Select Fujifilm X-T1 models may suffer from light leakage, here’s what to look for

Read our full Fujifilm X-T1 review.

[Update on March 17, 2014: Fujifilm has acknowledged that certain models of the X-T1 may suffer from light leaks, where unintended light manages to seep into areas of the camera that are properly sealed, causing images to be improperly exposed (unless you like that lo-fi look). The company is offering a repair service to owners who are noticing this issue.

If you own at X-T1 and are wondering if your camera may be affected, here’s what to look for. First, check your camera’s serial number – those with numbers higher than 41A05201 should be fine. Second, the issue may occur when the cover door on the left side of the camera is open – check to see if this is the case by taking a 30-second exposure at ISO 12,800, with the lens cap on, and shining a flashlight around the camera and into the opened compartment. If the image shows any streaks of light on what should be a completely dark exposure, you should send the camera in for a checkup.

Click here for more information at Fujifilm’s website, or call them at (800) 659-3854 (x3461).

(h/t The Phoblographer)]

We have been in love with Fujifilm’s X-series cameras for some time now. The rangefinder-style cameras have that great retro look, sturdy build quality, and strong performance. If you’ve had your eye on one of the mirrorless, interchangeable lens models but wished for a more DSLR-like body, then you’ll want to get your hands on the new weather-resistant X-T1. Fujifilm had already teased the public about this new camera a little over a week ago, so the announcement doesn’t come as a surprise. What we do know now, however, is the name, specs, and price and availability. The X-T1, specs wise, has similar traits to the X-E2, but there are some new features unique to the X-T1. From the specs and the look of the camera, we are guessing Fujifilm is going after Olympus’s new OM-D E-M1 flagship. The body-only configuration will sell for $1,300, available in February.

The 16.3-megapixel X-T1 uses Fujifilm’s APS-C X-Trans CMOS II sensor and EXR Processor II, two components that have been heralded by many users (us included) for their prowess in delivering great image quality. Fujifilm claims the camera has the fastest autofocus (phase detection) in the category, at 0.08 seconds. Startup time is 0.5 seconds, while shutter time is 0.05 seconds and shooting interval of a half-second. Burst mode is 8 frames per second, and ISO ranges from 200 to 6,400 (expandable to 25,600, but we rarely ever go that high and got good results with almost any consumer camera). Other shooting features include in-camera RAW conversion and interval timer for time-lapse photography.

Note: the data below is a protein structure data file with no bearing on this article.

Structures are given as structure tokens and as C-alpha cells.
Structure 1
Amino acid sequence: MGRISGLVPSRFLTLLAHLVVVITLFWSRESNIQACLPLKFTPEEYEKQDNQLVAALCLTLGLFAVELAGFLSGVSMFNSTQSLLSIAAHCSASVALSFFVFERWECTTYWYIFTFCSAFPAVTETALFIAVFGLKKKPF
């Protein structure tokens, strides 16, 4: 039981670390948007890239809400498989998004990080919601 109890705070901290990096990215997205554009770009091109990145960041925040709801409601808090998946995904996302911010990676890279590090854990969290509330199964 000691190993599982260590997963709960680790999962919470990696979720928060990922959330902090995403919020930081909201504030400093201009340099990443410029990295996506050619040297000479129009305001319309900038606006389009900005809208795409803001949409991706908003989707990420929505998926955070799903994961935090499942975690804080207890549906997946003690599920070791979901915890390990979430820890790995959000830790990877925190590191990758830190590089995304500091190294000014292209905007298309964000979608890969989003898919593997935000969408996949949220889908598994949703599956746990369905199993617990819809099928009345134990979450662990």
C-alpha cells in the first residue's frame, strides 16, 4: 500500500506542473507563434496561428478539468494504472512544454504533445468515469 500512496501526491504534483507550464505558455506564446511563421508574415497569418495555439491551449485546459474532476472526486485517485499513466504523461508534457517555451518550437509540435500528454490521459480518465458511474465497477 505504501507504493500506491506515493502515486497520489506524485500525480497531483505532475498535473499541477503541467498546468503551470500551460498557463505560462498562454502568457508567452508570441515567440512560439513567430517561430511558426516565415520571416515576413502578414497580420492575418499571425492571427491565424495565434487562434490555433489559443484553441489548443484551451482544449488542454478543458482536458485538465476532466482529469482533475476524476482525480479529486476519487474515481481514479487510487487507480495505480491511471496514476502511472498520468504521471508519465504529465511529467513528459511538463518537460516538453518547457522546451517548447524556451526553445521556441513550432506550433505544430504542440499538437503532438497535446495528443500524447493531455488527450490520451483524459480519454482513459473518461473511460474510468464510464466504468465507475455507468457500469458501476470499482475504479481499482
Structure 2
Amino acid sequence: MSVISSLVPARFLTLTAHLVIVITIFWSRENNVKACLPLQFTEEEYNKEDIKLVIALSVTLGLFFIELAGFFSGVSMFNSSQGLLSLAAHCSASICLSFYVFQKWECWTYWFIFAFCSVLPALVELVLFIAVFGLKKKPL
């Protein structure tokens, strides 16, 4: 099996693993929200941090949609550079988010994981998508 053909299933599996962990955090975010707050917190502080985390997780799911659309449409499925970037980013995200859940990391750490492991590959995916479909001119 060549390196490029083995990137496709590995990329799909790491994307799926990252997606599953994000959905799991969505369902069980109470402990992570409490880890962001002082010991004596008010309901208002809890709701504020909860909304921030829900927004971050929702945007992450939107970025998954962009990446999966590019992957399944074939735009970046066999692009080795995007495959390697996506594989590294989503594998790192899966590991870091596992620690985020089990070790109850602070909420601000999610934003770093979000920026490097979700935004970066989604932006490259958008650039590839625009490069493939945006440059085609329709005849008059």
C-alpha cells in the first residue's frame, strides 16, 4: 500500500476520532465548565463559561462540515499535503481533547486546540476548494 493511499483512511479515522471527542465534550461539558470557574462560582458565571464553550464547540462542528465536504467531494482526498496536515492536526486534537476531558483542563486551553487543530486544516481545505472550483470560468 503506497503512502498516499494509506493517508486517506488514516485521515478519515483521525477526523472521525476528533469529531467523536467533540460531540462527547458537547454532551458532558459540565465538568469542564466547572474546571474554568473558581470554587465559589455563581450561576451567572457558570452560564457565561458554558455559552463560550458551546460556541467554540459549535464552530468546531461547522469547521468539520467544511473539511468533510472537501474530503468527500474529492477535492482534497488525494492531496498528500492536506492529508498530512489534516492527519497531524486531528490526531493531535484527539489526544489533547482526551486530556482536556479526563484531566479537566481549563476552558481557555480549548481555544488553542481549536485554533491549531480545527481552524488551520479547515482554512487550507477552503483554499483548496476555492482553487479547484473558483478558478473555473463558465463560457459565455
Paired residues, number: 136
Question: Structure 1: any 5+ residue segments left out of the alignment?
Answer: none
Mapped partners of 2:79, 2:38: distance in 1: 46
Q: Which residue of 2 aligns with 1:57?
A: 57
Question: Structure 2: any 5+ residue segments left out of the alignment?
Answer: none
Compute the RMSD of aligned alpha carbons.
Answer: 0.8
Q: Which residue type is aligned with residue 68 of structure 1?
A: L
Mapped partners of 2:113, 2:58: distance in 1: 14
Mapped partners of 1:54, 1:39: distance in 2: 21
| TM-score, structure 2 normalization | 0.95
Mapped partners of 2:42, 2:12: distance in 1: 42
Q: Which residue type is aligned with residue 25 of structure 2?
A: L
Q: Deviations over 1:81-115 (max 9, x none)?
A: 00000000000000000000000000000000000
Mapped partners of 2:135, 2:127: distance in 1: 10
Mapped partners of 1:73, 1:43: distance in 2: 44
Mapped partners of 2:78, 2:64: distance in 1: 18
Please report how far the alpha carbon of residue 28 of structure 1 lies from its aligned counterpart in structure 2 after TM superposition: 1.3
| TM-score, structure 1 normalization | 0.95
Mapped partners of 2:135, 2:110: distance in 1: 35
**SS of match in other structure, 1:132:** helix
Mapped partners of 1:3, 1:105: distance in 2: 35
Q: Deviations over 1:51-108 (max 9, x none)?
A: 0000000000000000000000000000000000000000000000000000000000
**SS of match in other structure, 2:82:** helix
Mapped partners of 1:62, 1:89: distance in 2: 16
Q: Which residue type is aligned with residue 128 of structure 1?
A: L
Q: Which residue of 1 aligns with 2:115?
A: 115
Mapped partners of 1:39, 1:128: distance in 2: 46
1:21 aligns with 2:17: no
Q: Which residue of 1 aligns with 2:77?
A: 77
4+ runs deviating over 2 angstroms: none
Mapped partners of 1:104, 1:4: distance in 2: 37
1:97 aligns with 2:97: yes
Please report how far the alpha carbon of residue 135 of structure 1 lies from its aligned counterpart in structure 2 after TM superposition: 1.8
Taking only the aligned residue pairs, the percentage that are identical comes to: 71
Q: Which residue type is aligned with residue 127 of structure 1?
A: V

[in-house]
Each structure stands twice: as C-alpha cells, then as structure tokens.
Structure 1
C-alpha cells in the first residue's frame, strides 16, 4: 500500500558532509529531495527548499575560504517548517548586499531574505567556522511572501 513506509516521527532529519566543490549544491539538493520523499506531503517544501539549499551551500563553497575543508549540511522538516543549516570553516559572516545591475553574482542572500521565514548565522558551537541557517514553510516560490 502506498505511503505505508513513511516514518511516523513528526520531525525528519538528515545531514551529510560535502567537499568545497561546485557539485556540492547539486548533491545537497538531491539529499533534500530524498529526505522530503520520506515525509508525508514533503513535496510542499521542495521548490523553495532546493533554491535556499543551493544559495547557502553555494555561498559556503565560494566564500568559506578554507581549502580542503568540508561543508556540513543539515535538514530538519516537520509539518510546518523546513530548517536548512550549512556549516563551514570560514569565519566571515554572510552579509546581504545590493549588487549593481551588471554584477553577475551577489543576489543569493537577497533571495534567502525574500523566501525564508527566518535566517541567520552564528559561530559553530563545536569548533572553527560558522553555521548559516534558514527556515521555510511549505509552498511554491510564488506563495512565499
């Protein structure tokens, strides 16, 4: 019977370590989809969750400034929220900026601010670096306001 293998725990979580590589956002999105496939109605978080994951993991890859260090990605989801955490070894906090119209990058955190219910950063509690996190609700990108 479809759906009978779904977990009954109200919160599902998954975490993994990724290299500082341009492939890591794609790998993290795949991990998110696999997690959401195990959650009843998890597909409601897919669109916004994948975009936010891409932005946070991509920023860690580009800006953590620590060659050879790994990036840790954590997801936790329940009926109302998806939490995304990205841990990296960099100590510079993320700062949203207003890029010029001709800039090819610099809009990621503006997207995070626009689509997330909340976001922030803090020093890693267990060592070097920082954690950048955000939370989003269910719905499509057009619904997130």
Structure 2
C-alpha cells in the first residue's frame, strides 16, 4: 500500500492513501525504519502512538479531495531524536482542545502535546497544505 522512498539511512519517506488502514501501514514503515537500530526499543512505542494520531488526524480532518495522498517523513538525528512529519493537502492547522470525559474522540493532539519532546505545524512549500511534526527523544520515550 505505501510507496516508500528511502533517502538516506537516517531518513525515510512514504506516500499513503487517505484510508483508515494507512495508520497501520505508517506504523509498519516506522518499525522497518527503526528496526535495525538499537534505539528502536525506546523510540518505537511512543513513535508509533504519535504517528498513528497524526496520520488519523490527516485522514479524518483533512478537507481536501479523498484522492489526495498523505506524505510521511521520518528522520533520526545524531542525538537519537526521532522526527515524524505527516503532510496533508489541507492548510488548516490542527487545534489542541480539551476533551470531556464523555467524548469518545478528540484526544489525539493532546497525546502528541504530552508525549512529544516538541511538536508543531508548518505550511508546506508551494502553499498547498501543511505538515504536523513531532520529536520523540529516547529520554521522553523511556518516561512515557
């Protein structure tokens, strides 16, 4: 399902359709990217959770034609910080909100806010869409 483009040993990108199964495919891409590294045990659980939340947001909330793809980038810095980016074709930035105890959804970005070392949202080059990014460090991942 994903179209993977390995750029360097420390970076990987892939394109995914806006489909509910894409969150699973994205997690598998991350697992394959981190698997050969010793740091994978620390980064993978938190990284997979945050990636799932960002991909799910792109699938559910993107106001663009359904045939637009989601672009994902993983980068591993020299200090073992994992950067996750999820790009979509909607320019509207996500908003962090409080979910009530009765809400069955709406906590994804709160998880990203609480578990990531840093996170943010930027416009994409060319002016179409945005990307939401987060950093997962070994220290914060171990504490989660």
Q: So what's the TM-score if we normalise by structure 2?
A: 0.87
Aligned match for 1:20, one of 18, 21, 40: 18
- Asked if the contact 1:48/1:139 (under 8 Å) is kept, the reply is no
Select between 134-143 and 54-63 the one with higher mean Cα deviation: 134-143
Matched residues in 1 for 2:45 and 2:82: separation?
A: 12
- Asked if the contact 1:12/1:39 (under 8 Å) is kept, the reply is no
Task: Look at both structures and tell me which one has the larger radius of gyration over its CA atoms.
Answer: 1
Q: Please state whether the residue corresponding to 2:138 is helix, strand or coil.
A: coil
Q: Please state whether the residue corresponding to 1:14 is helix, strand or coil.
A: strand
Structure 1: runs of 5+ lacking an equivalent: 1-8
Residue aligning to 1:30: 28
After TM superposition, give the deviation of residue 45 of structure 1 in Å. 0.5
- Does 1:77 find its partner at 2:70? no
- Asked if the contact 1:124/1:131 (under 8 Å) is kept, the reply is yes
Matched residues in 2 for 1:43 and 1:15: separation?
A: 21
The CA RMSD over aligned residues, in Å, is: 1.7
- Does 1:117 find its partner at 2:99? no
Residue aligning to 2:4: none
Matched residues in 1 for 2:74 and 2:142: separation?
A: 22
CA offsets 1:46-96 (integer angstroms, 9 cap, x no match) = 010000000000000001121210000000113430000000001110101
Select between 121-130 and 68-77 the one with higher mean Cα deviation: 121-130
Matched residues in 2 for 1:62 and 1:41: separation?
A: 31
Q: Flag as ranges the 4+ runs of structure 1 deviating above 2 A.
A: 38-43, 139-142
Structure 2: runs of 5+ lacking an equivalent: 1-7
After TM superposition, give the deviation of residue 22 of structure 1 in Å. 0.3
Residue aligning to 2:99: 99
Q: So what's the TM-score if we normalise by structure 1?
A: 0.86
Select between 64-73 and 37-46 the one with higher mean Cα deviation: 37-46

The die-cast magnesium camera body is Fujifilm’s first weather-resistant compact system camera (CSC), with 75-plus points of weather sealing to keep out dust and water; it’s also freezeproof down to minus-14 degrees, and the LCD is made with tempered glass for extra protection.

A prominent feature on the camera is the wide-angle OLED electronic viewfinder (EVF) with 2.36-million-dot resolution. OLED EVFs aren’t new in Fujifilm cams, but this one has the world’s highest magnification (0.77x) and shortest display lag time (0.005 seconds), Fujifilm says. Like many of the best EVFs available now, we expect this to be incredibly responsive. There are also four display modes when viewing through the EVF: Full uses the 0.77x magnification to give you an enhanced view; Normal is the regular view with settings info; Dual is designed for manual focusing (with Digital Split Image and Focus Highlight Peaking for greater control over the scene); and Portrait that switches between Normal and Full when the camera is rotated.

Fuji X Series Back Left

If you love dials, buttons, and switches, the X-T1 has a lot of them. There are mechanical dials for shutter speed and metering, ISO, and exposure compensation on the top deck. There are also six customizable buttons and command dials on the front and back. All of these manual components give the X-T1 a truly retro feel reminiscent of old film cameras or high-end DSLRs.

Like every new camera, the X-T1 has Wi-Fi. Besides the sharing and upload of images to your smart device, you can use the Fujifilm Camera Remote to control the camera. The X-T1 is also the first CSC to support SDXC UHS-II cards, according to Fujifilm. The card is twice as fast as a standard SD card. Fujifilm also created an optional vertical battery grip for pros that might be working out in the field for a while. Other options include a leather case, handgrip, and flashes, to name a few.

The camera is only fully weather resistant if it uses a complementary lens. Fujifilm will make available three weather-resistant versions of its zoom lenses: the XF18-135mmF3.5-5.6 R OIS WR, XF16-55mmF2.8 R OIS WR and the XF50-140mmF2.8 R OIS WR.

As mentioned, the body will sell for $1,300. A kit option that comes with the XF18mm-55mm (27-84mm) F2.8-4 lens (non weather resistant) lens is available for $1,700. Obviously, if you don’t already own X-mount lenses, this beautiful camera will cost you.

(This article was originally published on January 27, 2014)

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